Friday, June 12, 2009

Poets and politics

Reading Barbara Tuchman's The Proud Tower: A Portrait of the World Before the War, 1890-1914 (1965) this weekend, I came across an incident that can surely be entered as evidence on the side of those who argue that poets should stay out of politics. In the course of describing the interlocking circles of government and society in 1890s England, Tuchman tells of Prime Minister Lord Salisbury's decision in 1895 to fill the post of Poet Laureate, which had been vacant since the death of Tennyson in 1892.

The problem with that decision, however, was that Salisbury had almost no interest in anything beyond the work of government and the duties and privileges of the upper class; Tuchman cites earlier as a telling example Salisbury's blase approach to appointing churchmen:
Once when two clergymen with similar names were candidates for a vacant bishopric, he appointed the one not recommended by the Archbishop of Canterbury, and this being sorrowfully drawn to his attention, he said, "Oh, I daresay he will do just as well."
His choice for Poet Laureate, Alfred Austin, perhaps did not do quite as well as others. Tuchman, clearly enjoying herself, describes him thus:
A journalist of deep Conservative dye, founder and editor of the National Review, Austin was also the producer of fervent topical verse on such occasions as the death of Disraeli. When a friend pointed out grammatical errors in his poems, Austin said, "I dare not alter these things. They come to me from above."
A mere two weeks into his laureateship, Austin found himself coming under the scorn of the literary for a poem h published in the Times celebrating the Jameson Raid, Leander Starr Jameson's foolhardy attempt to provoke an uprising in the Transvaal (which, though it took a couple of years, did eventually erupt into the Boer War). The lines Tuchman quotes are impressively dreadful--and surprisingly mawkish, considering they're describing a violent raid:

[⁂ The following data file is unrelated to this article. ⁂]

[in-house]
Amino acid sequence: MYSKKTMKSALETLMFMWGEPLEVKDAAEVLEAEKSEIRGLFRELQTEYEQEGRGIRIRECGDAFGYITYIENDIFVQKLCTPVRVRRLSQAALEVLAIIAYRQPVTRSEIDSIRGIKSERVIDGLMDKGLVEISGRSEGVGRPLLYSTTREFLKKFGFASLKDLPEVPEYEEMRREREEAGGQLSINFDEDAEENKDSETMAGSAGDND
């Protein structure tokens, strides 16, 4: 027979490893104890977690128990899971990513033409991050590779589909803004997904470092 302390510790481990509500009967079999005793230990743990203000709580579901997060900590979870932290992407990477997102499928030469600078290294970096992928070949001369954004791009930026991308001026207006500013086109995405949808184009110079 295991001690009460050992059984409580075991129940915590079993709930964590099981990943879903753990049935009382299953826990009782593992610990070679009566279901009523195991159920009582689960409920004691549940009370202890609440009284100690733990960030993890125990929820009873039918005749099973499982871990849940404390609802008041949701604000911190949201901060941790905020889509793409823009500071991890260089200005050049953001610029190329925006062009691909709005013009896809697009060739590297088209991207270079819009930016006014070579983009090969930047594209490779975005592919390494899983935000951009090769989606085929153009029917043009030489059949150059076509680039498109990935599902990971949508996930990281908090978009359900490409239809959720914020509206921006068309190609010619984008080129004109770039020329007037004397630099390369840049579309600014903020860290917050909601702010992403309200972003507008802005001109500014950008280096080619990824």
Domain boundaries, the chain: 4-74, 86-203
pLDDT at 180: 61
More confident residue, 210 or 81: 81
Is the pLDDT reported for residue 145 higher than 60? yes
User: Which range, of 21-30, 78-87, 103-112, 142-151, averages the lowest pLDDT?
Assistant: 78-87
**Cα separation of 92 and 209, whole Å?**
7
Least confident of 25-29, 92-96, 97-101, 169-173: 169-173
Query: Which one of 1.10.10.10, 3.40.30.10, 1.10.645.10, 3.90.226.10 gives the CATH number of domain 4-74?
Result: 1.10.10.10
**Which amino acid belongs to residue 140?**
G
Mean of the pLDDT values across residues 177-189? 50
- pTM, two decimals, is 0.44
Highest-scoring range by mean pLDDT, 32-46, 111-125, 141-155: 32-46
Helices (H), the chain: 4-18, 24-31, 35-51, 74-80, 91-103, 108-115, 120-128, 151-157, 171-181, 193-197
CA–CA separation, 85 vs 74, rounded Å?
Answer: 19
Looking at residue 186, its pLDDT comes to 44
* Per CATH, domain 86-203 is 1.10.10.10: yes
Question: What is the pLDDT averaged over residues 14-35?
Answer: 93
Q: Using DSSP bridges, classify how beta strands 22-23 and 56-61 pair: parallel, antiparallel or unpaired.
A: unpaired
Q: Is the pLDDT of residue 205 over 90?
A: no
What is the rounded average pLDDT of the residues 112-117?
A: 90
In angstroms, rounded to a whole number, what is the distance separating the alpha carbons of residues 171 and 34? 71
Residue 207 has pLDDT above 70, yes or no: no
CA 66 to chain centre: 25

There are girls in the gold-reef city,
There are mothers and children too!
And they cry, Hurry up! for pity!
So what could a brave man do? . . .

So we forded and galloepd forward,
As hard as our beasts could pelt,
First eastward, then trending northward,
Right over the rolling veldt.
I have to admit, though, that I like the sound of "hard as our beasts could pelt," and the way it rolls nicely into "First eastward, then trending northward"; though the fact that that second line essentially does no useful work makes it hard to approve.

If the writer of Austin's Wikipedia entry is to be believed, his nature poetry is better, if not brilliant. He doesn't rate an entry in the Norton Anthology of Poetry these days, but the one sample adduced in his Wikipedia entry, "To England," though its first half is awkwardly overwritten and cloying, does offer some memorable images and sounds in its final lines:
To England

(Written in mid-Channel)

Now upon English soil I soon shall stand,
Homeward from climes that fancy deems more fair;
And well I know that there will greet me there
No soft foam fawning upon smiling strand,
No scent of orange-groves, no zephyrs bland;
But Amazonian March, with breast half bare
And sleety arrows whistling through the air,
Will be my welcome from that burly land.
Yet he who boasts his birth-place yonder lies
Owns in his heart a mood akin to scorn
For sensuous slopes that bask 'neath Southern skies,
Teeming with wine and prodigal of corn,
And, gazing through the mist with misty eyes,
Blesses the brave bleak land where he was born.
Those "sleety arrows" are nice, and I admire the confidence shown by the simple repetition of "mist" and "misty" in the penultimate line, a good lead into the best moment of the poem, those harsh "b" and "k" sounds of its close, calling up as they do Dover's beautiful but unwelcoming sea cliffs.

Even in this poem, though, we can see how Austin's love of country and love of nature intertwined, so it's not hard to understand why he might have felt that forays into politics and topical verse were suitable, especially once he was the Laureate. Still, one has to wonder about a poet who, as Tuchman notes, when asked his idea of heaven, replies,
He desired to sit in a garden and receive a flow of telegrams announcing alternately a British victory by sea and a British victory by land.
I'm neither a poet nor a believer, but if I were, my idea of heaven would definitely involve more books and fewer battles, victories or not.

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